Meanwhile, the development of a GCVS led third sector human rights defenders’ network in the City provides a space in which civil society can identify solutions and ideas for tackling the challenges we laid out in our discussions with the Governor and the Bank of England.

The last word must go to our outgoing Chief Executive Helen. Helen was instrumental in bringing this event to Glasgow and she has fought passionately for equality during her careers:

“The UK has become stuck in trying to meet the needs of its people because we are using 19th  and 20th century thinking, systems, concepts in responding to 21st century issues. We’re not facing up to  21st century conditions – changing demography and its impact on people and communities; lack of social mobility; changes in the labour market; increasing social isolation; the impact of social media; and the wider digital revolution …and climate change.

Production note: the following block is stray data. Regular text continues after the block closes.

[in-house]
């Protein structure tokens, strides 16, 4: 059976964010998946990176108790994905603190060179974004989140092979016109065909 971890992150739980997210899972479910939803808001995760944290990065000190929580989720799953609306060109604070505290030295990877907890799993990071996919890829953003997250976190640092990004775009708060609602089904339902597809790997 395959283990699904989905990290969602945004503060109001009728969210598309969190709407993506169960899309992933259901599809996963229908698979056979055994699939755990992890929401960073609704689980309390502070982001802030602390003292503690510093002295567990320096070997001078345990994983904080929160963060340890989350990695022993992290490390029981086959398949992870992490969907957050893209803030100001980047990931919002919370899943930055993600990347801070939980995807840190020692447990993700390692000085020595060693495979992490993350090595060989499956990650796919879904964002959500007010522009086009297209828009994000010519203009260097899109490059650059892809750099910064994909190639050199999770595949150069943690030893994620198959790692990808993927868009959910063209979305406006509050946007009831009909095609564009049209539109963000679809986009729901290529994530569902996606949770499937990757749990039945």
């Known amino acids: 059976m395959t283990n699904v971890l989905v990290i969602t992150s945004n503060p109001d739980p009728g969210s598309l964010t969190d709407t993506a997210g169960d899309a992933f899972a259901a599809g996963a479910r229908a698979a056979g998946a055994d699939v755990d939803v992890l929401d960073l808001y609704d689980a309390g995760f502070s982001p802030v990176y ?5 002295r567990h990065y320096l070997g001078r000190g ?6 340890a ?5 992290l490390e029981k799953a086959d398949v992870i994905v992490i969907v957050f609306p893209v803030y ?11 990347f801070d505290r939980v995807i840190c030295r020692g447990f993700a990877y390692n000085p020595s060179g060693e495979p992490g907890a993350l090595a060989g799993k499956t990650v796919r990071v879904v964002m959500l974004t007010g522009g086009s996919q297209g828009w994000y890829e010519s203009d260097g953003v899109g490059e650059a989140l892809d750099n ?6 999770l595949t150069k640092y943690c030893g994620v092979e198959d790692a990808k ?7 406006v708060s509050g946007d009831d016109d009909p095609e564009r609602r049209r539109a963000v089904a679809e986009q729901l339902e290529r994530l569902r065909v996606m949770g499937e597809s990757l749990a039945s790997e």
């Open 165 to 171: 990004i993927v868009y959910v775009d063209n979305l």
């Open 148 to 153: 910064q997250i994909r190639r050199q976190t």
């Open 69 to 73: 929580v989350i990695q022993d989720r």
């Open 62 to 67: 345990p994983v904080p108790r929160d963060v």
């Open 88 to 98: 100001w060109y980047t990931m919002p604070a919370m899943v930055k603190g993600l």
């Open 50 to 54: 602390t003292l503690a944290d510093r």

We’re never going to address these effectively if we stay as we are – in silos and comfort zones. Our decision making is slow when it needs to be fast; our systems are clunky when they need to be flexible; our public institutions are risk averse and uncertain when they need to be solutions focused, confident and assured.”

GCVS believes that the third sector has a critical role to play in meeting these economic and social challenges – but only if it’s respected and funded appropriately.  We are grateful to the Governor and his team for listening to and acknowledging the expertise and experience of the third sector.

Watch our website www.gcvs.org.uk for more events and updates on policy work and debates about the key issues which affect the families and communities we serve.  You should also consider attending the Bank’s Citizens Panels.  More details here.

Please sign up for GCVS regular newsletters and watch our Twitter account (@GlasgowCVS) for details of other events like this, including our developing Human Rights network.

 You can read Helen’s introduction to the Bank Of England event Here